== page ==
I picked up a Galaxy Nexus (GN) a few weeks ago after finding that Verizon had my account upgradeÂ eligible. I figured that I might as well take advantage of this upgrade and get the phone that will have the latest and greatest that Android can offer over the next couple of years.
- Â Ice Cream Sandwich (ICS) OS
- Super OMLED 720p Screen
- Near Field Communication (NFC)
- Zero lag camera
- 4G LTE
The Nexus line of devices are considered to be developer phones. These “Google” devices and are not supposed to have bloat (Verizon!?) that the carriers typically add to their devices and are ‘pure’ Android and do not have modified software such as HTC Sense or Moto Blur for example. The results of not having this extra bloat is a fast and smooth experience. The Nexus line is also supposed to be the first to get OS updates from Google versus having to wait until the OEM or carrier to get around to updating a device.
The build quality of this device is on par with other Samsung phones that I have played with. This is my first Samsung Android device so I do not have much to compare. The device is light in weight and feels of plastic as that is what the phone is constructed with. I would say that my HTC Rezound and EVO’s before it have had a more solid feel. I Â am not worried about the construction of the phone and its ability to hold up over time.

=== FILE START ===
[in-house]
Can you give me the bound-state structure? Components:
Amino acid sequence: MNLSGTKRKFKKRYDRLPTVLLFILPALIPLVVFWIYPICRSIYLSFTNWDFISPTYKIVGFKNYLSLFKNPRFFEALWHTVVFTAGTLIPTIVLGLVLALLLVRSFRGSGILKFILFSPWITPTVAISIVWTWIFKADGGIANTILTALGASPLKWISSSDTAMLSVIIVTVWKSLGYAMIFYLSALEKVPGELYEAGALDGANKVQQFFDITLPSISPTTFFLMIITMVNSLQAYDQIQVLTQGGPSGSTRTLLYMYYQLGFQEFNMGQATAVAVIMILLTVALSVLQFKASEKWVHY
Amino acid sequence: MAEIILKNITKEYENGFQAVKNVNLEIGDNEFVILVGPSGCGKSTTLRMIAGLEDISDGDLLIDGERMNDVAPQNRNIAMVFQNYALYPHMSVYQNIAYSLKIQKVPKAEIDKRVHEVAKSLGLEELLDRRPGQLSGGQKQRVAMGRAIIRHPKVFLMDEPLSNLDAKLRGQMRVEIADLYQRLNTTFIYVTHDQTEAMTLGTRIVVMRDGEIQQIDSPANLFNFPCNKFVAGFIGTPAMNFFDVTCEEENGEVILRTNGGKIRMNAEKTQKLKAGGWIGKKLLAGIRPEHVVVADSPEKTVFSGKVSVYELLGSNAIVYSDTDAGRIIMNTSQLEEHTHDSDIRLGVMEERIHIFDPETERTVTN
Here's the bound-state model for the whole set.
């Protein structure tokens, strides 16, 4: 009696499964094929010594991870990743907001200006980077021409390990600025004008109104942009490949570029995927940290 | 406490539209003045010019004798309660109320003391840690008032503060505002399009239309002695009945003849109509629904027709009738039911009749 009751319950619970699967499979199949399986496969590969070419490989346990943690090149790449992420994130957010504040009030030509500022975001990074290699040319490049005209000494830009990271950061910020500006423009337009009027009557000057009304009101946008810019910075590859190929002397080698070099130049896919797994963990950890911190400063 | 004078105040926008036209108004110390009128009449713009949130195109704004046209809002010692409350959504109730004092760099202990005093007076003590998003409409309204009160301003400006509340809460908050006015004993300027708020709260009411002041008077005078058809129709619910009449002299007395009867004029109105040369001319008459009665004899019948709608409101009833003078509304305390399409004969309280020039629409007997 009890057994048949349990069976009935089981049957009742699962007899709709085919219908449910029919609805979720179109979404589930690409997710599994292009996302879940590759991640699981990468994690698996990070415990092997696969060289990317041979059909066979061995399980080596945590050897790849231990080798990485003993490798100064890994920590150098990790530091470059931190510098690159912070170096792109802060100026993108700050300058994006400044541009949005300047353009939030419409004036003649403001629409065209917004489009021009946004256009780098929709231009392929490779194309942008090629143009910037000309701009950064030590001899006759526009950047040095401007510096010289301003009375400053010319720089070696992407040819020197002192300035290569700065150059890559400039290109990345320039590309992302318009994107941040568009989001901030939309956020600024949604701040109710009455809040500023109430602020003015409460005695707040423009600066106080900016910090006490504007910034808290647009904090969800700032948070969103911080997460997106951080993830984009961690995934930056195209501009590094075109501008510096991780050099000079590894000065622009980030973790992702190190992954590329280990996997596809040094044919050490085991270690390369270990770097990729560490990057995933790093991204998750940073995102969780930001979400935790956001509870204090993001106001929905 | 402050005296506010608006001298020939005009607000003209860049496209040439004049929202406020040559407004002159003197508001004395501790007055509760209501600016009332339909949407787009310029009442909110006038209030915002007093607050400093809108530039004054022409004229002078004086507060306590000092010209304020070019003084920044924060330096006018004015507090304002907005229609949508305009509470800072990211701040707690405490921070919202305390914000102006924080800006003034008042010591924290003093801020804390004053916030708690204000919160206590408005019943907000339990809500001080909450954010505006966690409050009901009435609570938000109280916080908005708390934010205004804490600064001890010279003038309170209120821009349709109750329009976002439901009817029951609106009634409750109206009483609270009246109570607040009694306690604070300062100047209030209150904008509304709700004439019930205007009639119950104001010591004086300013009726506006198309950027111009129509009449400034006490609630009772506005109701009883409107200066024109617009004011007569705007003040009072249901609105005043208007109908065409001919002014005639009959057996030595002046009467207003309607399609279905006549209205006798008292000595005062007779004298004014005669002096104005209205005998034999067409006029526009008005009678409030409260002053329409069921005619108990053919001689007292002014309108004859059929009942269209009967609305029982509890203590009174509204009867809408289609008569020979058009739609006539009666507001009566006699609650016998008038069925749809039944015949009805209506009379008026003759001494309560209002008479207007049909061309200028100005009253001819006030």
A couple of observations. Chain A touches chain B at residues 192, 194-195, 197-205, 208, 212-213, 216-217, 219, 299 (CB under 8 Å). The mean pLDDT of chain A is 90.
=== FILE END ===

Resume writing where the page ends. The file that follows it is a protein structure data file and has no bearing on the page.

I do not usually get caught up in how a phone looks but I will say that I do admire the look of this device and the deep black front of the phone and screen that blend together very well.
This phone is fast! The browsers run very smoothly, especially when using the new Chrome Beta browser. While Android in its current state will never be as smooth as iOS, the GN performs very well. Transitions are smooth and I find the rotation of the screen to be pleasant. Movies and games all play very well and multitasking is never a problem.
The signal reception is weaker than other Verizon devices that I have experience with. The phone, for talking (who does that anymore?) is not the loudest phone that I have used. Also, the speaker quality could be better.
Ice Cream Sandwich (Android 4.0)
I really like the polished look of ICS. When I switch back to my Rezound, I instantly notice the difference. All of the Google based applications look very nice and the navigation is much better with less hidden navigation. The colors and fonts are very clean. Unlike previous Android versions, the applications are not bland with dull buttons and instead have nice icon buttons that can be long pressed for labels. The calendar even provide pinch to zoom for the single day view.
Gmail inbox and single day view in calendar
People application and Gmail composing
Other than the radio performance I would say this is the only other big weakness of this device. When compared to the Rezound or iPhone camera, the GN is lacking. The features in the camera software are a lot of fun, there is a new panorama mode which I do like to use along with a built in stop motion mode which I plan to use this summer at the cabin. At the same time, I can download third party apps to perform these tasks for my non ICS devices but it is nice to have the nativeÂ functionality.